• Kyle

    Keep in mind the agenda of the NAHB: to pump out single family homes. LEED-ND leans away from that, with mixed use more in the forefront.

    Of course they are going to have a problem with it. It undermines their core business.

  • http://GreenBuildingElements Kristin Dispenza

    Kyle, I definitely agree that the NAHB is trying to protect it’s core business. I guess my question is, will the market reward their efforts? (I actually think it will.) And in that case, is it one step forward for green design overall, or two steps back?

  • http://www.repreneur.typepad.com Kyle Cherrick

    I applaud LEED-ND for not accepting the status quo by being “accepting of all housing schemes, as long as they utilize green principles”.

    Of course urban living is greener than slightly-modified suburban living. Those new walkable communities are still going to be built in sprawling green fields, which would be fine except that the jobs are in the cities. So those residents will still have to drive 45 miles in their personal car to get to work each day. Public transit will never make it to these areas because there is no density.

    I expect the market to continue valuing LEED as the premier green certification. Preston Koerner has informed all of us that LEED certified projects financially crush non-LEED buildings, including beating handily those projects that are Energy Star Rated.

    Bravo to the USGBC’s LEED certification. Now someone start building LEED Condos I can afford please.

  • http://www.repreneur.typepad.com Kyle Cherrick

    I applaud LEED-ND for not accepting the status quo by being “accepting of all housing schemes, as long as they utilize green principles”.

    Of course urban living is greener than slightly-modified suburban living. Those new walkable communities are still going to be built in sprawling green fields, which would be fine except that the jobs are in the cities. So those residents will still have to drive 45 miles in their personal car to get to work each day. Public transit will never make it to these areas because there is no density.

    I expect the market to continue valuing LEED as the premier green certification. Preston Koerner has informed all of us that LEED certified projects financially crush non-LEED buildings, including beating handily those projects that are Energy Star Rated.

    Bravo to the USGBC’s LEED certification. Now someone start building LEED Condos I can afford please.

  • http://www.sehbac.com/double-glazing/ Double Glazing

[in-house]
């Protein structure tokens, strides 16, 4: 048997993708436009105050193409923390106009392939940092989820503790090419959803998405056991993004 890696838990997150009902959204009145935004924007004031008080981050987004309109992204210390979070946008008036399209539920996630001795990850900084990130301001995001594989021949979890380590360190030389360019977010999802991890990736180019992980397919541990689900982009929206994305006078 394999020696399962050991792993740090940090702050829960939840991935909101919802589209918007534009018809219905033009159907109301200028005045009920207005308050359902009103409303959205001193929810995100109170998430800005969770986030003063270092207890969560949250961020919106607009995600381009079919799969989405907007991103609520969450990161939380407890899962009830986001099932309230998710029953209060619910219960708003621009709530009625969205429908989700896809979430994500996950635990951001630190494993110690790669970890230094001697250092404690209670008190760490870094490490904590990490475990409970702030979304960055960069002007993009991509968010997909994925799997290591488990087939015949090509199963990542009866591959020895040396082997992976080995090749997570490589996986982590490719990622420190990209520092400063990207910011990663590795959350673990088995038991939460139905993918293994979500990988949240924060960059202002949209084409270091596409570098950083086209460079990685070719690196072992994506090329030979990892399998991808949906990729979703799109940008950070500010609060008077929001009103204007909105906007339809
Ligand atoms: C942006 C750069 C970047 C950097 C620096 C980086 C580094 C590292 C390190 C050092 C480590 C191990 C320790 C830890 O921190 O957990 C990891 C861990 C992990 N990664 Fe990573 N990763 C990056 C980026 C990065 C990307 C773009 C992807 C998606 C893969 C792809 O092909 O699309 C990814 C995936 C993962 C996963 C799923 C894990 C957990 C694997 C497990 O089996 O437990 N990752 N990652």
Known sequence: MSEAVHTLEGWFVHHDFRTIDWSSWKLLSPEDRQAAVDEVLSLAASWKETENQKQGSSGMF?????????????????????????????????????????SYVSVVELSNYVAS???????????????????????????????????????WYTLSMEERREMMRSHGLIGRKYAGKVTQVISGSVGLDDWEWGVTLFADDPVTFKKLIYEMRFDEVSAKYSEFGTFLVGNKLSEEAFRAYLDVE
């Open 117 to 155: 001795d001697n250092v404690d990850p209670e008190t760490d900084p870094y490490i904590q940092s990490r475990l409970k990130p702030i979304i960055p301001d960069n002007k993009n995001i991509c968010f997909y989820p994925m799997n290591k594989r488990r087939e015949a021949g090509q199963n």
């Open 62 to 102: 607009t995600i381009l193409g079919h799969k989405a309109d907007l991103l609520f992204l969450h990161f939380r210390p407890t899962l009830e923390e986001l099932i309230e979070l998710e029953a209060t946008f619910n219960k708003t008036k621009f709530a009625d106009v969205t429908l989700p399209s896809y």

You’re right with the green requirements for urban planning. Cause if it is not adhered to, then we can have some serious issues yeah!

  • http://www.sehbac.com/double-glazing/ Double Glazing

    You’re right with the green requirements for urban planning. Cause if it is not adhered to, then we can have some serious issues yeah!

  • http://www.doubleglazingshop.co.uk/ double glazing

    Its best to go green, i hope the development works out well.

  • http://www.doubleglazingshop.co.uk/ double glazing

    Its best to go green, i hope the development works out well.

  • http://www.villageinburnsharbor.com Tyler DeMar

    Hello everyone! It just so happens that my development, The Village in Burns Harbor, became the 1st Green Certified Development through the NAHB… and guess what? Where a New Urbanist Development! While we do like the system setup by NAHB, we are interested in doing the LEED-ND program in our next development with the NAHB program. The main reason we didn’t on this one was the required densities were 8 per acre, and we’re at 6. Can anyone give me a comparative analysis of the leap we will have to take to go from NAHB to LEED-ND? Thanks!

    tylerdemar@me.com

  • http://www.villageinburnsharbor.com Tyler DeMar

    Hello everyone! It just so happens that my development, The Village in Burns Harbor, became the 1st Green Certified Development through the NAHB… and guess what? Where a New Urbanist Development! While we do like the system setup by NAHB, we are interested in doing the LEED-ND program in our next development with the NAHB program. The main reason we didn’t on this one was the required densities were 8 per acre, and we’re at 6. Can anyone give me a comparative analysis of the leap we will have to take to go from NAHB to LEED-ND? Thanks!

    tylerdemar@me.com